Can progressive Democrats win an election with a campaign platform that rests on a foundation of accusations of white, male privilege? Peter van Buren, writing at The American Conservative, explains that achieving such a victory will be difficult. He calls the Democrats’ strategy of “shorting” the white vote, a bad idea, writing (abridged):
The exaggeration of white privilege has become a cornerstone of progressivism. It’s also one of the ways Democrats risk losing the 2020 presidential race, as it leads inexorably to the devaluation of voters needed to clinch the Electoral College.
The candidates then either dismiss what they call white angst as a Fox News narrative or condemn it as supremacy, Nazism, and fascism, words that have lost all meaning. Dems crow about changing demographics that will turn America into a non-majority-white nation and celebrate the end of privilege as the country depletes its stock of Caucasians. They fail to see that the salient statistic of America is not that the 61 percent who are white is falling, but that a tiny group, the top 0.1 percent of households, now hold the same amount of wealth as the bottom 90 percent.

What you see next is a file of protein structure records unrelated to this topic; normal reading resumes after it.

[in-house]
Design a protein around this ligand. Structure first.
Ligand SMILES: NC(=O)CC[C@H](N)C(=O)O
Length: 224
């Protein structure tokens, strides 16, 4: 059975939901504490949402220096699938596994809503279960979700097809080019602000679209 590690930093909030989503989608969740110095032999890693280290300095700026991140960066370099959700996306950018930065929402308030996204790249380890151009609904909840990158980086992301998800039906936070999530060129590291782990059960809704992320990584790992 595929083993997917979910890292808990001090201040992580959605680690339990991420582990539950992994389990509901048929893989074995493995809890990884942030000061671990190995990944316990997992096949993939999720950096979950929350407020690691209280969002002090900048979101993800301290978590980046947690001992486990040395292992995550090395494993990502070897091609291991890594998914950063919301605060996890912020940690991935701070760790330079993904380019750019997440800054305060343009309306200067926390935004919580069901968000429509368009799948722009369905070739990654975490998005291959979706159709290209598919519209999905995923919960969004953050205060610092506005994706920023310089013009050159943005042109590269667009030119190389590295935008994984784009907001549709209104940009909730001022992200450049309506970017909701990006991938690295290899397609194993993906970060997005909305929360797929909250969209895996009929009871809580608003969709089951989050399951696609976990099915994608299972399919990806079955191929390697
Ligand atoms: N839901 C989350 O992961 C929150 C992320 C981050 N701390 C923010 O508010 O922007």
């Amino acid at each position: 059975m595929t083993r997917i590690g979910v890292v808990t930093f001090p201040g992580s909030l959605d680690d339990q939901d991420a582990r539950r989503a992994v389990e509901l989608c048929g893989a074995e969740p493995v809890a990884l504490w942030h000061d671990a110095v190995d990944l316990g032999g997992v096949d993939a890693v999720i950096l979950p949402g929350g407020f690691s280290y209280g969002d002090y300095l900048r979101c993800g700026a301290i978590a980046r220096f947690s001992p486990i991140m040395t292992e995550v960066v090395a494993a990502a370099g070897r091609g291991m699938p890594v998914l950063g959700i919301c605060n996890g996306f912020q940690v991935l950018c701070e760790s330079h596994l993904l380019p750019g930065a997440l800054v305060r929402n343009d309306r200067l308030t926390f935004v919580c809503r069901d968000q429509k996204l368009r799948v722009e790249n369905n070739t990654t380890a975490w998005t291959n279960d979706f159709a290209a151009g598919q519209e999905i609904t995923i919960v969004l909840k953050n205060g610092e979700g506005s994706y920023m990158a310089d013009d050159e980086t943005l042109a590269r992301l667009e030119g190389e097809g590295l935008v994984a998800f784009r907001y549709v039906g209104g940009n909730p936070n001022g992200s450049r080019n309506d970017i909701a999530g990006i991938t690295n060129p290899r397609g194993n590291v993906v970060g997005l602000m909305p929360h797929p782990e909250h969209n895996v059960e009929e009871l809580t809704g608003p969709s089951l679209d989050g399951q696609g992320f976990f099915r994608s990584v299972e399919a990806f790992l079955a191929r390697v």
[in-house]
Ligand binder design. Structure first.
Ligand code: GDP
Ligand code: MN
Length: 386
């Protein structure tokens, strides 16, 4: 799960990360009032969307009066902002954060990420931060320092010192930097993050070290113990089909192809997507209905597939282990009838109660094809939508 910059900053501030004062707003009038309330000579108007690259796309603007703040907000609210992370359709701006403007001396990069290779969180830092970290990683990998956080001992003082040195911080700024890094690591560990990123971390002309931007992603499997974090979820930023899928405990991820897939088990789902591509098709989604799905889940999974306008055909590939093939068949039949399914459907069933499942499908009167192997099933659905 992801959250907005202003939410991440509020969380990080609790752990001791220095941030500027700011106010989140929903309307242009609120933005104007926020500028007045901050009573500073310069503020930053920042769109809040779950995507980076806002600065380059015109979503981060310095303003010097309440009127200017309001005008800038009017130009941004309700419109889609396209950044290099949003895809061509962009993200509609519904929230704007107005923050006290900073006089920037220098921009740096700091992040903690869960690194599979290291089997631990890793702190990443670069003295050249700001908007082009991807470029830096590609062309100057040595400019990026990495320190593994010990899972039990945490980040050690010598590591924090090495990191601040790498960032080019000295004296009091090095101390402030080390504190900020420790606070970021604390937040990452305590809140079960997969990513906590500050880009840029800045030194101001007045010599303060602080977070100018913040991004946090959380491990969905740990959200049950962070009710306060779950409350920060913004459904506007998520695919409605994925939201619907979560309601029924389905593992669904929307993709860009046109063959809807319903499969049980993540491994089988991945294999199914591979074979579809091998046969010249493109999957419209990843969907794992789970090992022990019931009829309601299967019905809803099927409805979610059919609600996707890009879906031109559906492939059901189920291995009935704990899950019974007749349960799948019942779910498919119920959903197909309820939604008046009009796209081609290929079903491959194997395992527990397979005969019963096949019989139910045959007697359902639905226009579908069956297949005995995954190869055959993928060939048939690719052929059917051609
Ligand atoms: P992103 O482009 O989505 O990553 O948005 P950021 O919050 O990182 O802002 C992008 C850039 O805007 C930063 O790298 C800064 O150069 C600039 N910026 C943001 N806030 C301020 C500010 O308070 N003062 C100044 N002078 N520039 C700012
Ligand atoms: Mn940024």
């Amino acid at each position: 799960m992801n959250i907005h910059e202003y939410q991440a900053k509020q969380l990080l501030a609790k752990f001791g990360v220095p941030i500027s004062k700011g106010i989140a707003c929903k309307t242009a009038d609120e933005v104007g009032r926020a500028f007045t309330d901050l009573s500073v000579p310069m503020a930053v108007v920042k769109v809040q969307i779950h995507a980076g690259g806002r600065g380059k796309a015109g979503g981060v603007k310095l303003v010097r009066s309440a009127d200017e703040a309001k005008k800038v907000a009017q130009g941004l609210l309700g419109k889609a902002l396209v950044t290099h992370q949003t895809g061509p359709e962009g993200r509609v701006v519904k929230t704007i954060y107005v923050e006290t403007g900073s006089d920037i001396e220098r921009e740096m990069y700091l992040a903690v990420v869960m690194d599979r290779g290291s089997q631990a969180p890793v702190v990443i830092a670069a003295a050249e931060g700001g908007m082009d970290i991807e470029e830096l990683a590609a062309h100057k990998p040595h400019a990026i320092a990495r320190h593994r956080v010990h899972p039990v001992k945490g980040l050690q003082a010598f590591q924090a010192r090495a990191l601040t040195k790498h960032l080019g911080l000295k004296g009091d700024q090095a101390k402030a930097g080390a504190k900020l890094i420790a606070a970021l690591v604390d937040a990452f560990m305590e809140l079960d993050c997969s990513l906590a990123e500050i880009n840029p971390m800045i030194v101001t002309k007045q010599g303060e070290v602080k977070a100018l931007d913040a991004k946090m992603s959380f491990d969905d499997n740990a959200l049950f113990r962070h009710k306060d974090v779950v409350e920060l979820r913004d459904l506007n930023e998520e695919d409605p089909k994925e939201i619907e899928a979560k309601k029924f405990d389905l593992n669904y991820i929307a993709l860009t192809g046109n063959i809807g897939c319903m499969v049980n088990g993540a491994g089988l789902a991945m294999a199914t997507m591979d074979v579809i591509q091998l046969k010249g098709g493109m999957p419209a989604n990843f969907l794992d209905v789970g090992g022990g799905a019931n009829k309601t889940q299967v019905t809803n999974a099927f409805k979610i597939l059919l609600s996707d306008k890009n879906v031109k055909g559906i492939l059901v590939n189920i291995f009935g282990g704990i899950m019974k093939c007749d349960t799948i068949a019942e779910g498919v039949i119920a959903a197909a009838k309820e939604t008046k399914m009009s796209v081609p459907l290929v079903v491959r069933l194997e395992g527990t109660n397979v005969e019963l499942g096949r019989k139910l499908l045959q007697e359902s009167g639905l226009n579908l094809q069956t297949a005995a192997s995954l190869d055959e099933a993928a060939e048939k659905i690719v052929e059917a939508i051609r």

It is time to admit that racism is not the core problem, the one Pete Buttigieg claims “threatens to unravel the American project.” It is in 2019 an exaggeration driving a key Democratic strategy: betting the White House on unreliable voters (since the 1980s, blacks have turned out in higher numbers than whites, percentage-wise, only for the Obama elections) against a body of whites they devalue.
In Wall Street terms, Democrats are “shorting” white voters. A short means betting against something, devaluing it. If you are short on Microsoft, you make investments that will go up if Microsoft goes down. Dems think white voters have little value and are betting against them with exaggerated claims of supremacy. Along the way, they assume all “people of color” will fall into place, believing that what resonates with young urban blacks will also click with their older rural relatives in swing states, as well as with Latinos who trace their roots from Barcelona to Havana to Juarez, and Asians too (why not?), simply because, in Democratic lexicon, any color trumps white—no shades of nuance needed.
If that sounds simplistic, never mind inaccurate, and a bad idea, you may want to consider shorting the Dems for 2020.
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